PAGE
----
Sri Lanka has an installed electrical power capacity of 4,100 MW, whereas its real requirement, to provide security and continuity of supply should be about 5,500 MW, since consumption grows at the rate of 7-8% per year.
The challenge that the country faces is increasing power supply to match demand, while giving more prominence to renewable energy sources, and at the same time keeping costs to a minimum. The person tasked with solving this problem is the Minister of Power, Energy and Business Development.
“After I took office, roughly five months ago,” says Minister Ravi Karunanayake, “my intention was that I would deal with the professionals, as this is a field that is alien to me – of course business, I knew, but certainly the electricity industry is a different world.”
The policy guiding the installation of new electricity generation plant in Sri Lanka is that of “least-cost generation”, that is that the primary consideration should be low cost of electricity. However, the last installation under this policy was in 2011. Subsequent additions have been supplementary, and generally of higher cost.
“The professionals who guided us,” says the minister, “ensured that one of the first concepts to which we should adhere was the least-cost generation. If you look at it on that basis, the lowest cost that exists in Sri Lanka is hydro. The hydro plant … generate at the rate of about LKR 1.34 upto about LKR 3 [per kWh]. The next available is mini-hydro. Then going on to coal, which has been established as one of the cheapest-cost … roughly, it generates from about LKR 11 to 13. The next available choice is LNG [liquid natural gas]. And then you have the renewables that come in-between. And of course, the most expensive is the thermal diesel and furnace oil, which starts from LKR 21 and goes up to almost LKR 50 or 60.”
He says that, given that he cannot increase household rates, he intends to reduce the difference between the selling price and the generating price to a bare minimum. With the advice of the professionals of the Ceylon Electricity Board [CEB], and guided by the Public Utilities Commission of Sri Lanka [PUCSL], the cabinet decided that the best mix for electricity generation entailed one third each of coal, LNG [liquid natural gas] and renewables.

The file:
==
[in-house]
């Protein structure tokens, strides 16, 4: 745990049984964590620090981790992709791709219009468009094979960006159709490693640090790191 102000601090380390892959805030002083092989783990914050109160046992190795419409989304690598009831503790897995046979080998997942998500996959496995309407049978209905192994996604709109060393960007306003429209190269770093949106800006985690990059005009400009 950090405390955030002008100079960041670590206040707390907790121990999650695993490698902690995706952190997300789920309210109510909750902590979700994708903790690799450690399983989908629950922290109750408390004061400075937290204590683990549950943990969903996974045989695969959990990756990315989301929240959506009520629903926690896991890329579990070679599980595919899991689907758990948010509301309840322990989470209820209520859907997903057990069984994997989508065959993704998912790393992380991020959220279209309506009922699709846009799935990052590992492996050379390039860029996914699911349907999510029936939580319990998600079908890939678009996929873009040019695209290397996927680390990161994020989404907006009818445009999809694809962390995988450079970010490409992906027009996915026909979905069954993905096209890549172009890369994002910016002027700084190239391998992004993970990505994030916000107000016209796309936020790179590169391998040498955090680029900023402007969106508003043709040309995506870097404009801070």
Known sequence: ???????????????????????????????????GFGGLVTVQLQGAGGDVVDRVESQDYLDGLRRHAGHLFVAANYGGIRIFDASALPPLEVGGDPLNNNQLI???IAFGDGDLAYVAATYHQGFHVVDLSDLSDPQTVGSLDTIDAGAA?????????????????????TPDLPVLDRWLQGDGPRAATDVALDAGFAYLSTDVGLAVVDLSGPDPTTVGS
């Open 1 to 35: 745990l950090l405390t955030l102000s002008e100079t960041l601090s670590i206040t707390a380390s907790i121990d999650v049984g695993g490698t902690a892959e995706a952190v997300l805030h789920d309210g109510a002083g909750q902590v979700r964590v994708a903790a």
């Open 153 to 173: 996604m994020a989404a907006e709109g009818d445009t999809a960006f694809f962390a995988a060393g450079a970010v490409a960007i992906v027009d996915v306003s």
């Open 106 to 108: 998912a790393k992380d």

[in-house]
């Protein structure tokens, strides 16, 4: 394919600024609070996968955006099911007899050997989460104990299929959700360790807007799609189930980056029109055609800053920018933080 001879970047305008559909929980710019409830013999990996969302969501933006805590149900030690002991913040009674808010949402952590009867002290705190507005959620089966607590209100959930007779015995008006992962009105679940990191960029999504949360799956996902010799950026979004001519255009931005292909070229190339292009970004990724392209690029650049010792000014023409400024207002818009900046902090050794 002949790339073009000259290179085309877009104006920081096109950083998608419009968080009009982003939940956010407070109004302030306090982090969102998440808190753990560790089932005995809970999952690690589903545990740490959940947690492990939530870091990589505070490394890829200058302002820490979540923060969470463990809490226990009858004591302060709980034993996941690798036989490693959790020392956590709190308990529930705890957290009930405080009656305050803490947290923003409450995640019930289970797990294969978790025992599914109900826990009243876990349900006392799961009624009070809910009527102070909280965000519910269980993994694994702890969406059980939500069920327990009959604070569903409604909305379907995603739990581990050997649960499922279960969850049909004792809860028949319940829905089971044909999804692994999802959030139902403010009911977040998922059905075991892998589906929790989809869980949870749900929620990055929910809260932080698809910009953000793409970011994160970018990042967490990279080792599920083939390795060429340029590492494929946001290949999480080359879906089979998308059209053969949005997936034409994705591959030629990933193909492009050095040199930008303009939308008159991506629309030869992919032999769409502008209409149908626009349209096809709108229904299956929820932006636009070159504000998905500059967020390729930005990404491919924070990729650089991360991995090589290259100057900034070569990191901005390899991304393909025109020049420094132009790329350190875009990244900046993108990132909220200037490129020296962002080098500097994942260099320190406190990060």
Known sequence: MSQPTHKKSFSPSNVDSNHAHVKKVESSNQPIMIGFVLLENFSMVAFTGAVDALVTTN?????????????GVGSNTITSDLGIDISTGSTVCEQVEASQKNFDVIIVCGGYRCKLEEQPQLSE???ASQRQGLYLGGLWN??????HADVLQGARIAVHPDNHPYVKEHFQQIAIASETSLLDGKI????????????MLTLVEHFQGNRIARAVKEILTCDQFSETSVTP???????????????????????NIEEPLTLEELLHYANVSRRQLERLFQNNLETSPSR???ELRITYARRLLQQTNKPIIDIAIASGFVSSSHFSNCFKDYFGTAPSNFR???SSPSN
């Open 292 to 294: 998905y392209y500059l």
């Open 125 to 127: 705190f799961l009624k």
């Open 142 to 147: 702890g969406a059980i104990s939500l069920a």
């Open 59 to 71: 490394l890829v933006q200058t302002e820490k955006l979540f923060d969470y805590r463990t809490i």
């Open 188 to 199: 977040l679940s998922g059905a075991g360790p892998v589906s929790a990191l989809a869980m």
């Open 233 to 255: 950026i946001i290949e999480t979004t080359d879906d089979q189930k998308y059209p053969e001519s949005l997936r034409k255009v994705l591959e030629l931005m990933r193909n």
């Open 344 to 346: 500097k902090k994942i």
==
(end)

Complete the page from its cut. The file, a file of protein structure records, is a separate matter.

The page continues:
“Our intention is that we go for renewables, to increase them by 500% in the short run. Of course, it should be economical for the CEB. At the moment, what is happening is that we are buying it at a fairly high rate – in the range of LKR 22-25 – for renewables and we sell it at LKR 16. So this disparity is what we are trying to reduce. At the moment, owing to world prices of renewables, for solar and wind, reducing 20-25%, we are also making it that the CEB cannot say “no” to renewables. So we are dealing with a feed-in tariff so that you don’t have to go through a one or two year, laborious process; you basically bring an environmentally-friendly project and, within two weeks, you will get your licence to produce power. This is the way we are heading: renewables to be brought in a mix, of one third at the moment and, certainly, by 2050 we want to have 50-60% of our total generation on renewables.”
In the last four years, Sri Lanka did not get more than half a dozen renewable projects, which Karunanayake attributes to “the bureaucratic process, ably assisted by a dysfunctional political system.” However, he says, the new government, now in place. means to ensure that 400-500 MW of power is installed this year and next year, making certain the fulfilment of the sustainable goals for 2020, and that at least 40% of generation is renewable by 2030.
Karunanayake explains his position on rooftop solar generation, pointing out that owners of rooftops generating excess power, sold it to the CEB at up to LKR 24 per kWh. The CEB sold this to consumers at LKR 16 per kWh, making a loss on the transaction of up to LKR 8. Taking into account the reduction in the cost of installations of up to 30%, he decided to pitch the power buying tariff at an affordable rate for the CEB.
“There was a huge outcry about this,” he says, “…this went to a hell of a fury… There has been no agreement which we stopped or which we varied, which has been signed. They are valid for 20 years. But new ones that come in the future, proactively, we will basically look at a firm rate which is levellised for 20 years, because when you sign an agreement, you can’t say tomorrow ‘I’m sorry the solar rates have come down.’”
He advocates an optimal rate, affordable to the CEB, which also encourages renewables, as well as helping the cause of the local entrepreneur. He believes firmly in a “Sri Lankan approach” to business, which he extends to the field of electricity generation by renewables. Previously, the policy on renewables centred the issuance of saleable permits. There had been a lucrative trade in permits, but very little in the way of construction.